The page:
So the sides, the bubbled wheel arches give the car a wide-looking stance, and the side skirts are mild enough that they could easily be found on the production model. Looking closer, the rear side glass has been left out and replaced with an insert – thanks to the shorter wheelbase (probably about two- to three-inches shorter,) the really isn’t a need for that side glass. The car will probably ride on 18-inch wheels in the lowest trim offering, but in range-topping trim, I would expect to see those wheels go up to 20 inches and will probably be an inch or so wider in the rear.

As far as the rear of the car goes, it will probably look quite similar to the current 370Z with some minor alterations. The biggest thing I think we’ll see is those same bubbly wraparound taillights from the Murano – just like you can see in the rendering. Either way, if the next Z-car comes out looking like this, we think it will be a nice addition to Nissan’s lineup.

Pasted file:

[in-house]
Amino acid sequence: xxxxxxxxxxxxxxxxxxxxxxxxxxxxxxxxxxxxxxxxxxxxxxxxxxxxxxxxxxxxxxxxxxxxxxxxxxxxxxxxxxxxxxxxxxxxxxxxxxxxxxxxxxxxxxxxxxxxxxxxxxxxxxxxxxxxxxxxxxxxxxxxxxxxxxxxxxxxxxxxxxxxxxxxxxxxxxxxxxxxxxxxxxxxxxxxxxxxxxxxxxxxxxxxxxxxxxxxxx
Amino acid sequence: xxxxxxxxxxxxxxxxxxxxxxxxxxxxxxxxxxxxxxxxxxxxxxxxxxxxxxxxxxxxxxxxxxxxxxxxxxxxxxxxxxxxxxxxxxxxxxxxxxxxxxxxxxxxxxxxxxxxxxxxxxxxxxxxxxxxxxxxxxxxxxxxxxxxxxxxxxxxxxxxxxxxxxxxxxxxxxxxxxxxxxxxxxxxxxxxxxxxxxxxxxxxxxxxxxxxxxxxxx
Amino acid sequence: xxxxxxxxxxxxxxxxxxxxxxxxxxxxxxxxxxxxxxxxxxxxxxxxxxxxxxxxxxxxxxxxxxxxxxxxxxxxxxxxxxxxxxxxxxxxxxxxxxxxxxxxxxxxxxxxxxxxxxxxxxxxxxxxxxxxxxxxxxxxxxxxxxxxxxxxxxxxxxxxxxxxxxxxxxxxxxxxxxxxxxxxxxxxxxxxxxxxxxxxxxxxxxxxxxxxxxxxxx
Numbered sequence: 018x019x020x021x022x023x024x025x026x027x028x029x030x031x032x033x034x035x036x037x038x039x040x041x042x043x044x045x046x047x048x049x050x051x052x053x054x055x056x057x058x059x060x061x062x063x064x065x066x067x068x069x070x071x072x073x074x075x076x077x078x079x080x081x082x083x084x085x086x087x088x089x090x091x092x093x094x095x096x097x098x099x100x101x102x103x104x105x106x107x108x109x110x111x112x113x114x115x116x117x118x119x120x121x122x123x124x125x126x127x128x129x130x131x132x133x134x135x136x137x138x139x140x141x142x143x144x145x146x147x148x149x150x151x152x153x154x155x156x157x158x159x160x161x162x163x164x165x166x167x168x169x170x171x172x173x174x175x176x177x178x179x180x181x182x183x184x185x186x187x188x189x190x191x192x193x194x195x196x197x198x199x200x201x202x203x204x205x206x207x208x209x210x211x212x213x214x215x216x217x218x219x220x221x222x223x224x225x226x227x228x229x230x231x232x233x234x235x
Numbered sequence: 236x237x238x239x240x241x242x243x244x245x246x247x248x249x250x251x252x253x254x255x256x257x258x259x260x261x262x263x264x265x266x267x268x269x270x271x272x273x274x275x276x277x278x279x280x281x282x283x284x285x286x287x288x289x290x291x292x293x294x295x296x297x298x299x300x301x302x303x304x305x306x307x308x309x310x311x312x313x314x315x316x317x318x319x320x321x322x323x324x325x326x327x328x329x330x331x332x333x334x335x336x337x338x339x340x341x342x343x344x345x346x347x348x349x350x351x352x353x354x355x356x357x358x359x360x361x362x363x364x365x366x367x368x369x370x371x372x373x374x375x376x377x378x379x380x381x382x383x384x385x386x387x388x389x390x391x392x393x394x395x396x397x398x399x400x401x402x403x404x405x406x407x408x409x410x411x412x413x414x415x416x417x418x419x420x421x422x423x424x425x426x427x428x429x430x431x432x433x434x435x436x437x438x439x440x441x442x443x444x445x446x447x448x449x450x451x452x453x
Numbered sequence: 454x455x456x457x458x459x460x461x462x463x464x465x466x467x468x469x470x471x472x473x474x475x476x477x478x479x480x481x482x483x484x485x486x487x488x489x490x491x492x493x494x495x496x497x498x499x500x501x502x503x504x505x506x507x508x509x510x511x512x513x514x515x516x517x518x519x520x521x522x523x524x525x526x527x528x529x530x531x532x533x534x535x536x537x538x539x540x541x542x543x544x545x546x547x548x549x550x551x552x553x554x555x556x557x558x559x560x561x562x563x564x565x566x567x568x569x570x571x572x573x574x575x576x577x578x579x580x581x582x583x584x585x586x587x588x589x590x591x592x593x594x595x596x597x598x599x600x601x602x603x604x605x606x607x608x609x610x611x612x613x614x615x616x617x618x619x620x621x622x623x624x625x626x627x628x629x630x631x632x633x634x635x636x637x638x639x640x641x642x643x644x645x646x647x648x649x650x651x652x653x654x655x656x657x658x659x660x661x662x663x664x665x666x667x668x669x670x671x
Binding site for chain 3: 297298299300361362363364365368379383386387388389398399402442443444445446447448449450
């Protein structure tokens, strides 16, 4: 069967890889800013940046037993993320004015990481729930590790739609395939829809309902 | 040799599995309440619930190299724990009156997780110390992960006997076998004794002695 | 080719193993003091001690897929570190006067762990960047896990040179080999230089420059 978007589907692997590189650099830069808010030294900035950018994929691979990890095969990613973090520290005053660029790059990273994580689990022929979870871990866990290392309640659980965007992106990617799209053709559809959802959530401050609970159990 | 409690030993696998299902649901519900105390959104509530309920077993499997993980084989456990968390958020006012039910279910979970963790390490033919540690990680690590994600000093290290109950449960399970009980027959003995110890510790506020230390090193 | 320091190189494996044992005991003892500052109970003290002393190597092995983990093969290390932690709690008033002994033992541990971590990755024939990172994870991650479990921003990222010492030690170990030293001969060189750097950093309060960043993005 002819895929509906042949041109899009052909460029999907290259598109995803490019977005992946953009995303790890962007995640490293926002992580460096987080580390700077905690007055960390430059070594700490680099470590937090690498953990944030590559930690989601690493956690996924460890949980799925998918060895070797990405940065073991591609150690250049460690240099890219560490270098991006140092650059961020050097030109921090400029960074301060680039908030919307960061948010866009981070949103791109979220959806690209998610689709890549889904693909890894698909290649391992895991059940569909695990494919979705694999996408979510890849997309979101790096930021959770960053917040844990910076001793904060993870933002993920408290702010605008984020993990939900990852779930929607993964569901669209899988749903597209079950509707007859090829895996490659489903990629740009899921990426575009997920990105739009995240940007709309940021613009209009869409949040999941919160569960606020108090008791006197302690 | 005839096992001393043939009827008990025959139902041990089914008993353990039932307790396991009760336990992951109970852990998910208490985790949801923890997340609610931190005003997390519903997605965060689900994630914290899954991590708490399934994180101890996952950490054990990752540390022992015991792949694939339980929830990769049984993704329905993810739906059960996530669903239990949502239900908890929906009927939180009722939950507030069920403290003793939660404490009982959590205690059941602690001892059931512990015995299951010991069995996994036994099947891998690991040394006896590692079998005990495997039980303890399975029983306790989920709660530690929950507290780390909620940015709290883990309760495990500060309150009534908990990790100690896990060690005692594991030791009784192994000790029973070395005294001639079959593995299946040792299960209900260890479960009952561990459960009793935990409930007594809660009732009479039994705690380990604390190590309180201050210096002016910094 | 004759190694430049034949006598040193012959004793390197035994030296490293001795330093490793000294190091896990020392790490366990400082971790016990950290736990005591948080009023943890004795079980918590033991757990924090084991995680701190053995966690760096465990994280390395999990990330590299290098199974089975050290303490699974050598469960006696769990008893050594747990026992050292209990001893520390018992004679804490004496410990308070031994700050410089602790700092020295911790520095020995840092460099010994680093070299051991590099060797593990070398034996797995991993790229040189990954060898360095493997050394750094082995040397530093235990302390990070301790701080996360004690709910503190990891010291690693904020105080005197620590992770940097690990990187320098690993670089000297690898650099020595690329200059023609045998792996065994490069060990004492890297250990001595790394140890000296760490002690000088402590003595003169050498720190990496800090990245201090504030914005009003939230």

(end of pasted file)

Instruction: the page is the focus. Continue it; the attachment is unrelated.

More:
2011 Nissan 370Z Coupe High Resolution Interior
- image 380316

Note: Current Nissan 370Z pictured here.

I think Nissan is expecting a lot out of its next Z-car, so I suspect the interior will be reminiscent of the 2014 to 2015 370z Nismo, but a little better. The infotainment screen display will be of the touchscreen type, with most infotainment functions done on screen – leaving no need for the control panel below the screen on the 370Z. I suspect we’ll see the same Z-branded steering wheel, but it will be enhanced by a sleeker design and, by the time it is released, it might even include some touchscreen controls itself. I suspect the seats will also be a combination of leather and Alcantara, but remember that is only early-on speculation. As far as we know, the next Z-car is said to slot before the 370 and 350zs, so it will probably come at a lower price – ultimately leading to a less luxurious cabin.


2009 - 2017 Nissan 370Z High Resolution Drivetrain
- image 420401

Note: Current Nissan 370Z pictured here.